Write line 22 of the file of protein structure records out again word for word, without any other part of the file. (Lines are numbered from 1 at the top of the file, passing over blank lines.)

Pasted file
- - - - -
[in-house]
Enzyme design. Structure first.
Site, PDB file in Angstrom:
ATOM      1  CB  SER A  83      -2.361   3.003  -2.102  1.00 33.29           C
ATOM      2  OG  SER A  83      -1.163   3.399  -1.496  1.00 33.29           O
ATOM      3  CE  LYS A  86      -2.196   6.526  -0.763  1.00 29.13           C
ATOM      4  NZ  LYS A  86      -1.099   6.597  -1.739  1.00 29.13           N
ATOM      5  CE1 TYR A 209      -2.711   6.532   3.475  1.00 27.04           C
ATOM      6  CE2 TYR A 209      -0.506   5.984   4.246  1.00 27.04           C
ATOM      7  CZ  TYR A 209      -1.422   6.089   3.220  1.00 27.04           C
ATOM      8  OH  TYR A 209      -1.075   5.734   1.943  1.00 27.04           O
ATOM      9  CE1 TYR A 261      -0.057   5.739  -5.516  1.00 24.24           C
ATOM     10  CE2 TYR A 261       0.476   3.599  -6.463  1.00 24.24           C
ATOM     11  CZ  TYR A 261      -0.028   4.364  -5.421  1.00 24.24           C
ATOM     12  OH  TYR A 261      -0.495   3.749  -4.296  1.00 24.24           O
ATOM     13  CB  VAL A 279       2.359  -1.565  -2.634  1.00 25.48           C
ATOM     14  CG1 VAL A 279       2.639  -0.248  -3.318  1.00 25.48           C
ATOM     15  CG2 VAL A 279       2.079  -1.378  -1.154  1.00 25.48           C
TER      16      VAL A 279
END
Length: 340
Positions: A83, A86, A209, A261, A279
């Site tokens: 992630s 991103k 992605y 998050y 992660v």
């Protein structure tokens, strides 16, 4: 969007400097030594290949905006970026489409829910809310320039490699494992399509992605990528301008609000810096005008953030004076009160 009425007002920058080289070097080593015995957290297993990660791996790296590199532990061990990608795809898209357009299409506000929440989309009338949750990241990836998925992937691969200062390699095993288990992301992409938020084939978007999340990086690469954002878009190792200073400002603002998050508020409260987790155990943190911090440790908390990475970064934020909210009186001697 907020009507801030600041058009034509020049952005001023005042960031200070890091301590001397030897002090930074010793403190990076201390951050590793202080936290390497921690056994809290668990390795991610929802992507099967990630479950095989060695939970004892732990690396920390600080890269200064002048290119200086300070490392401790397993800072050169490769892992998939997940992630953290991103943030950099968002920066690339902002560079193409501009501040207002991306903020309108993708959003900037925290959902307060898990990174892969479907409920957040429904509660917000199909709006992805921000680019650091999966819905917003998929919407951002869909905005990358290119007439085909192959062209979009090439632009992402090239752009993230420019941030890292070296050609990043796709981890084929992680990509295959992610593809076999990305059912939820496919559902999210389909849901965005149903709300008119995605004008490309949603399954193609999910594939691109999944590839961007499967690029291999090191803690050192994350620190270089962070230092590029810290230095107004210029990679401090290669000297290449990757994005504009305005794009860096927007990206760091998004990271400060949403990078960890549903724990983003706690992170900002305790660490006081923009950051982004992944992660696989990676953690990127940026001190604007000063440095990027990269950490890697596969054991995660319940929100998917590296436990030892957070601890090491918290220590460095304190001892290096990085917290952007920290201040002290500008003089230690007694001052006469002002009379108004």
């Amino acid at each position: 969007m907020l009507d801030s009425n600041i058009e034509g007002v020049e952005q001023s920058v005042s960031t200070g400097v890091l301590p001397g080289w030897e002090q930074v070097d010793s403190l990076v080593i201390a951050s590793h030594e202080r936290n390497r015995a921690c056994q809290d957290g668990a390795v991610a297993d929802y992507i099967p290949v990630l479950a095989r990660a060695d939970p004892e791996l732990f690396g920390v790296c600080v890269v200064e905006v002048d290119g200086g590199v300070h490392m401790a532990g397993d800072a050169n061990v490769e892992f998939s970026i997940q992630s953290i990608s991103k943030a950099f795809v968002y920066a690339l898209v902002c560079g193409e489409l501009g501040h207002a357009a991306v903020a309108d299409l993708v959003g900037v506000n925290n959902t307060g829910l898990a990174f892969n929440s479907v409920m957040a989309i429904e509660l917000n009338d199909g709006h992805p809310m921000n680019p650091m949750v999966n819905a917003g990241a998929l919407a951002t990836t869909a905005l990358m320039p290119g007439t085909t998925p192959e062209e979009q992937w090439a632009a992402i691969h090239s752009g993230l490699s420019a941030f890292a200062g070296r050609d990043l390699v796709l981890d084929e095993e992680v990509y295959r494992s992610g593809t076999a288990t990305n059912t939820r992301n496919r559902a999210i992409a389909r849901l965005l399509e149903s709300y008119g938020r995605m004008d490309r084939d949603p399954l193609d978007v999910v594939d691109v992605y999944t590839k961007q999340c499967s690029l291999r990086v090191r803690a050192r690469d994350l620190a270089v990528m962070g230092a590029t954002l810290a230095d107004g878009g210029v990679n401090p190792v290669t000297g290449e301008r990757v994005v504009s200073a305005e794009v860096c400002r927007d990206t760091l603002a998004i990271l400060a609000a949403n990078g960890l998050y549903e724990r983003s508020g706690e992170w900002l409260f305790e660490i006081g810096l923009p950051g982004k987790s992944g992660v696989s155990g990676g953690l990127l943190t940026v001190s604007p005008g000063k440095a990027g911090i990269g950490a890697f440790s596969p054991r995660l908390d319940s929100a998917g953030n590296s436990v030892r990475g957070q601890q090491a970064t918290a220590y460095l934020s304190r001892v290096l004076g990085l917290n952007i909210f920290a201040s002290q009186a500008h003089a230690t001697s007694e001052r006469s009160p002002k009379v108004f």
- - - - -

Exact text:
Positions: A83, A86, A209, A261, A279